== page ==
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Up the Down Staircase

3.92 of 5 stars 3.92  ·  rating details  ·  5,555 ratings  ·  343 reviews
Bel Kaufman's Up the Down Staircase is one of the best-loved novels of our time. It has been translated into sixteen languages, made into a prize-winning motion picture, and staged as a play at high schools all over the United States; its very title has become part of the American idiom.

Never before has a novel so compellingly laid bare the inner workings of a metropolitan
Paperback, 368 pages
Published July 3rd 1991 by Harper Perennial (first published 1964)
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To Kill a Mockingbird by Harper LeeThe Outsiders by S.E. HintonOne Flew Over the Cuckoo's Nest by Ken KeseyCharlie and the Chocolate Factory by Roald DahlA Wrinkle in Time by Madeleine L'Engle
Best Books of the Decade: 1960's
71st out of 642 books — 870 voters
Do Androids Dream of Electric Sheep? by Philip K. DickSomething Wicked This Way Comes by Ray BradburyPride and Prejudice and Zombies by Seth Grahame-SmithThe Hitchhiker's Guide to the Galaxy by Douglas AdamsI Was Told There'd Be Cake by Sloane Crosley
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154th out of 2,233 books — 2,073 voters

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Community Reviews

(showing 1-30 of 3,000)
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Matthew Gallant
I just prayed that I wouldn't waste another week or two of summer courses for my Master's Degree with another doozy of a book like "Oh the Glory of It All." I didn't. Thank God this book was required for class. At that point, I'd been a teacher for three years, now it's five, and in ten years, I'll be able to say i'm a third of the way through my career and forty years into life. And everything that happens on every page of "Up the Down Staircase" will still be 100% true of public education and ...more
I have found a book to add to my collection of inspiration-to-stay-a-teacher-media; I found it just in time.

Even though the book was originally published five years before I was born, teaching really hasn't changed that much. No surprise. Students haven't changed either.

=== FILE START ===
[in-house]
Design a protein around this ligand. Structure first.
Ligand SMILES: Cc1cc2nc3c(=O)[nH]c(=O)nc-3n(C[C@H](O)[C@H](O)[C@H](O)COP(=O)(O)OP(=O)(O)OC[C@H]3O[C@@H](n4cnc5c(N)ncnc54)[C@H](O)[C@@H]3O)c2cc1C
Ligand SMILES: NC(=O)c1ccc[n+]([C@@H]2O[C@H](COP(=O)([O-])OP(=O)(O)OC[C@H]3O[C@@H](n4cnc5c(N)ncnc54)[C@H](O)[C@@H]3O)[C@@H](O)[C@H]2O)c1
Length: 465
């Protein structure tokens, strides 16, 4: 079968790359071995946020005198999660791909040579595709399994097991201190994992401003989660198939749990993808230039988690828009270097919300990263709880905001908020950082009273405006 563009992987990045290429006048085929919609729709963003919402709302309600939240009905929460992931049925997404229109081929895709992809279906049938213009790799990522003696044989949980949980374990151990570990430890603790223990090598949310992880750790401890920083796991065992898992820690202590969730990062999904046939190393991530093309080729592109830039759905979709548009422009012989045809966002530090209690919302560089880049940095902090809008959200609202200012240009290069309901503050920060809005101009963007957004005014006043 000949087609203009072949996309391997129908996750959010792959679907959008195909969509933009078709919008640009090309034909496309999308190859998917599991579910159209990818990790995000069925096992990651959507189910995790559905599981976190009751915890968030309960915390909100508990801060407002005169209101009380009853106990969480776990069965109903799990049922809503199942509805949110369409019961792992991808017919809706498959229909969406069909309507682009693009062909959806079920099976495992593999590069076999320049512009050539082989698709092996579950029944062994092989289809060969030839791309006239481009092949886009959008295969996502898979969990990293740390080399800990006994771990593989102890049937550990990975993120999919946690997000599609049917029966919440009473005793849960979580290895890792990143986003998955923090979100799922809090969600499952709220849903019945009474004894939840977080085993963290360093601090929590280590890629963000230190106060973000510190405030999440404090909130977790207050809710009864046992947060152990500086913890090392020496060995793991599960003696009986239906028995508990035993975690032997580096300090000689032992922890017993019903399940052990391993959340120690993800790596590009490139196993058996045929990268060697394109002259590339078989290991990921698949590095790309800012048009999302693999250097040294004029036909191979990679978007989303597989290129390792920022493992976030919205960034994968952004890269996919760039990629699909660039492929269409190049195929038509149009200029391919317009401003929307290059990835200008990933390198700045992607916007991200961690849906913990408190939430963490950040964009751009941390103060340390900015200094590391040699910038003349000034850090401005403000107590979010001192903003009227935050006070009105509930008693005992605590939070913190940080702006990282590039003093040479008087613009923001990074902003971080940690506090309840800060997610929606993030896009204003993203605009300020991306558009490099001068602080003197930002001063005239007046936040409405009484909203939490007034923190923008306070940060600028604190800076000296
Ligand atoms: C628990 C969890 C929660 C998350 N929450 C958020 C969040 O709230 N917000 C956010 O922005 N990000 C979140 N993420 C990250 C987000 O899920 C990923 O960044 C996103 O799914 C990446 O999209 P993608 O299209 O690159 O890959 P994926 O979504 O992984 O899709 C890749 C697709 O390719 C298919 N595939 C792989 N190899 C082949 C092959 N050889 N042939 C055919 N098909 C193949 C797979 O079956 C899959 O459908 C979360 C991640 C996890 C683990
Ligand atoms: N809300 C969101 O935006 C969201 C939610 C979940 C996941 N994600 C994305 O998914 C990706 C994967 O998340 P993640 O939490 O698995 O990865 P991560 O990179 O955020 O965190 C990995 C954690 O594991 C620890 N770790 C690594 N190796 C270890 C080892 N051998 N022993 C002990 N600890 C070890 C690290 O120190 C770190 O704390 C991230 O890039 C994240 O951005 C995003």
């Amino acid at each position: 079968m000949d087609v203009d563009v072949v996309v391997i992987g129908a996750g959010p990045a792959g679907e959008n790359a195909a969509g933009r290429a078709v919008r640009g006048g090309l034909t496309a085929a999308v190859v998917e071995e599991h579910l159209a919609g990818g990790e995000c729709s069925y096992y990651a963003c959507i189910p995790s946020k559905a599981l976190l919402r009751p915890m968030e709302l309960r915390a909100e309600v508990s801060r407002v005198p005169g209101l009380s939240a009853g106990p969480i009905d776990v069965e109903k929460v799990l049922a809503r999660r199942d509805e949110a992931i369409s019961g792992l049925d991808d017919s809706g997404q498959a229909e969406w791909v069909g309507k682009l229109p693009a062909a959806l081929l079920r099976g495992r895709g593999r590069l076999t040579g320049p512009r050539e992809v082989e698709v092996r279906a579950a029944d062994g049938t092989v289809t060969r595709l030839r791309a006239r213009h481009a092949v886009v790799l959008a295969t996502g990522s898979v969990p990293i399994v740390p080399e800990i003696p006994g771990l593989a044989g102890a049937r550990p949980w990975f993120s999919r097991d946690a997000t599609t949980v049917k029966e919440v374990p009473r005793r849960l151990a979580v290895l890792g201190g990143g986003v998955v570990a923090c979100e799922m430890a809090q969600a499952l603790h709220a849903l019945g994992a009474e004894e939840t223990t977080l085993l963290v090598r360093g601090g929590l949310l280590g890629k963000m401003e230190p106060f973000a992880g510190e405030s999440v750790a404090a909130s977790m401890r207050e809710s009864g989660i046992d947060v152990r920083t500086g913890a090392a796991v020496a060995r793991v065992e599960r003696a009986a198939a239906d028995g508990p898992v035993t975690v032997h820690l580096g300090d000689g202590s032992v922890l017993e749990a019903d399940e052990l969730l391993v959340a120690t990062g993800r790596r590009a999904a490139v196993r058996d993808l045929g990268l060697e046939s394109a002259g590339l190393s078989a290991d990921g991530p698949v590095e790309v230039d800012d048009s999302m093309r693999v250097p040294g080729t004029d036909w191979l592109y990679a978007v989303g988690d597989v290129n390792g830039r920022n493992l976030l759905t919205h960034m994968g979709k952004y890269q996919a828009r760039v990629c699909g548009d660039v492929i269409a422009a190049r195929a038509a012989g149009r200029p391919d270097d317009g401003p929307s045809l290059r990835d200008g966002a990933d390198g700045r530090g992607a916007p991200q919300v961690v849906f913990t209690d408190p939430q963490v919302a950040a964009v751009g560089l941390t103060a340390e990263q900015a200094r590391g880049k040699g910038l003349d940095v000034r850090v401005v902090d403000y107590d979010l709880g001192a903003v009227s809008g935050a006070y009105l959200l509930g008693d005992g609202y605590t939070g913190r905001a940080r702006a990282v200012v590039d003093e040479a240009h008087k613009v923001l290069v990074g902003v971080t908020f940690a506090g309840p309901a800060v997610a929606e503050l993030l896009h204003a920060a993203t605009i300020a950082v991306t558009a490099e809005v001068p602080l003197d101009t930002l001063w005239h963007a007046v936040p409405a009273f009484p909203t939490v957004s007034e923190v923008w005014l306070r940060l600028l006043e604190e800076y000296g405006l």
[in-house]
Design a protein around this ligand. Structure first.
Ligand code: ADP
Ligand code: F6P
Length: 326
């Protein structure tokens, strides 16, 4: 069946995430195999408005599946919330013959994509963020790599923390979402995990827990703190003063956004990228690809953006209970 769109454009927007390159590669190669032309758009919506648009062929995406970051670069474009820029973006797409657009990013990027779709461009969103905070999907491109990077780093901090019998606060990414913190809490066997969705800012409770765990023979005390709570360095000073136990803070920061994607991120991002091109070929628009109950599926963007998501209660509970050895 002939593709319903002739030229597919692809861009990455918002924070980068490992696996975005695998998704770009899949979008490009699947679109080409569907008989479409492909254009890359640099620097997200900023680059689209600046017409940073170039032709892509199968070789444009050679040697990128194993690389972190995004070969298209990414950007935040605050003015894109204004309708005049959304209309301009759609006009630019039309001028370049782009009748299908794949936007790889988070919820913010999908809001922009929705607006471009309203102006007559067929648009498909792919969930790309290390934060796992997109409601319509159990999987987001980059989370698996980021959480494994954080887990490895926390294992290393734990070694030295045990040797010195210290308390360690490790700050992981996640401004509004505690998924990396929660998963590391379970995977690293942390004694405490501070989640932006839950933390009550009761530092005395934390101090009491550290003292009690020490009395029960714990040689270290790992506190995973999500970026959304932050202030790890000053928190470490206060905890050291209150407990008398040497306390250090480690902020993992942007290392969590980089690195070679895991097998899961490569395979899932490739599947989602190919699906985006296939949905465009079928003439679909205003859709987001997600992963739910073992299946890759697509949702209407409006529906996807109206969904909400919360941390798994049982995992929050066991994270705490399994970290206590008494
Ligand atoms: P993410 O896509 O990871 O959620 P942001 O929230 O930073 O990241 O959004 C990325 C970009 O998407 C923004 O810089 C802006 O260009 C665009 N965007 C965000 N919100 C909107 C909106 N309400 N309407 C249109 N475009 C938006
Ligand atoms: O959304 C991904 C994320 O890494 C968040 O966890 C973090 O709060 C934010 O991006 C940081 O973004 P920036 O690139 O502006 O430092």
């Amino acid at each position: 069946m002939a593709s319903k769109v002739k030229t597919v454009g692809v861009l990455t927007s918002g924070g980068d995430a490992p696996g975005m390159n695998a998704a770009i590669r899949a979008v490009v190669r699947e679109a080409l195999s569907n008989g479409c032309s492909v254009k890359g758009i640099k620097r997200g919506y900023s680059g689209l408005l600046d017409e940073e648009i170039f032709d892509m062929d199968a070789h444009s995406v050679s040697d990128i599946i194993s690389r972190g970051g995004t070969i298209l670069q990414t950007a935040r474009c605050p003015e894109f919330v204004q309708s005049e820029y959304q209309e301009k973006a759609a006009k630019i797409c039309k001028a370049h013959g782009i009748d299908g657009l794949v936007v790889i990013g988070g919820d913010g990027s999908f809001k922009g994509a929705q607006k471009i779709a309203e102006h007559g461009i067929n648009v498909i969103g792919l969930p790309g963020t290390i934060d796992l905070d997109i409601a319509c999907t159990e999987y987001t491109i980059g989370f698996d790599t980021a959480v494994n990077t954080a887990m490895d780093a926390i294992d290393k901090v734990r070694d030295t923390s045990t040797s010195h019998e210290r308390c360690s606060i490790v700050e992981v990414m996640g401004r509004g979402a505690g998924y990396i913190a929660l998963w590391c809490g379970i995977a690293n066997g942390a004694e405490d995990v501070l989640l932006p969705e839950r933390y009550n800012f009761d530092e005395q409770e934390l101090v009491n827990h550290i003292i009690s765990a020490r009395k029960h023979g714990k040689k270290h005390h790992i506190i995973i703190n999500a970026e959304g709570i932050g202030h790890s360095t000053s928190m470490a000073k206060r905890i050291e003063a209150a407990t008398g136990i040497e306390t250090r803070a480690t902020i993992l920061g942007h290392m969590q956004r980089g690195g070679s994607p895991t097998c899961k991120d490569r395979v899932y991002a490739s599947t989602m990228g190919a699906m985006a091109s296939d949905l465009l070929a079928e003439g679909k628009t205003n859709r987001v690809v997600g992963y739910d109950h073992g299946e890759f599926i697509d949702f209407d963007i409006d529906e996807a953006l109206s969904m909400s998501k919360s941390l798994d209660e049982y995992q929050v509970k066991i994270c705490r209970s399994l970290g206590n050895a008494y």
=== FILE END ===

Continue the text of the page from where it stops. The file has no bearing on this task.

I recognize entirely too much of the jargon. I recognize entirely too many of the statistics. The more things change, the more they stay the same.

I also recognize the lesson she learned that I have to relearn: the students know w
Jan Priddy
Sep 18, 2012 Jan Priddy rated it 5 of 5 stars
Recommends it for: future teachers
"Disregard bells!"

This is an epistolary novel of the first term teaching by a young woman in a NYC public high school. Kaufman already had 20 years teaching in NYC schools when she saw this first novel published. The main character, Sylvia, is a serious woman who is unprepared by her education for classes of SS students (Super-Slows) and ordinary kids facing trouble in over-filled poor facilities. None of this is new. She faces what many teachers face today: too many students, an over-worked, se
I am admittedly biased. Up the Down Staircase delves into the realm of teaching and education, which, as a future teacher, has me mesmerized. While studying it, as I'm sure any other reader would do, I repeatedly asked myself "What difference can one teacher make in an inner-city world of pupil complacency and administrative beauracracy?" Kaufman examines the topic through a variety of written documents: memos from the principal, comments from a suggestion box, letters to an old friend, notes fr ...more
Mike (the Paladin)
I've mentioned several books here that I only read because my girl friend of the 60s wanted me to, or at least introduced me to them. This may be another, I can't remember, but I did read it about that time.

While the book tended (and for all I know still tends) to be thought of as more a "female" read. This is a misnomer and if you allow yourself to miss this book because you think it's not for "men" you'll miss a "good read".

The novel is an epistolary tale of the struggle a dedicated young tea
103-годишната днес проф. Бел Кауфман публикува "Нагоре по стълбата, която води надолу" преди почти 50 години. Превеждана, преиздавана, екранизирана, превърнала се в многоседмичен бестселър, култово четиво и част от учебната програма, тя е можело да си остане незабележим разказ от три и половина страници, ако бдителна редактора не усетила потенциала на записките от учителското кошче.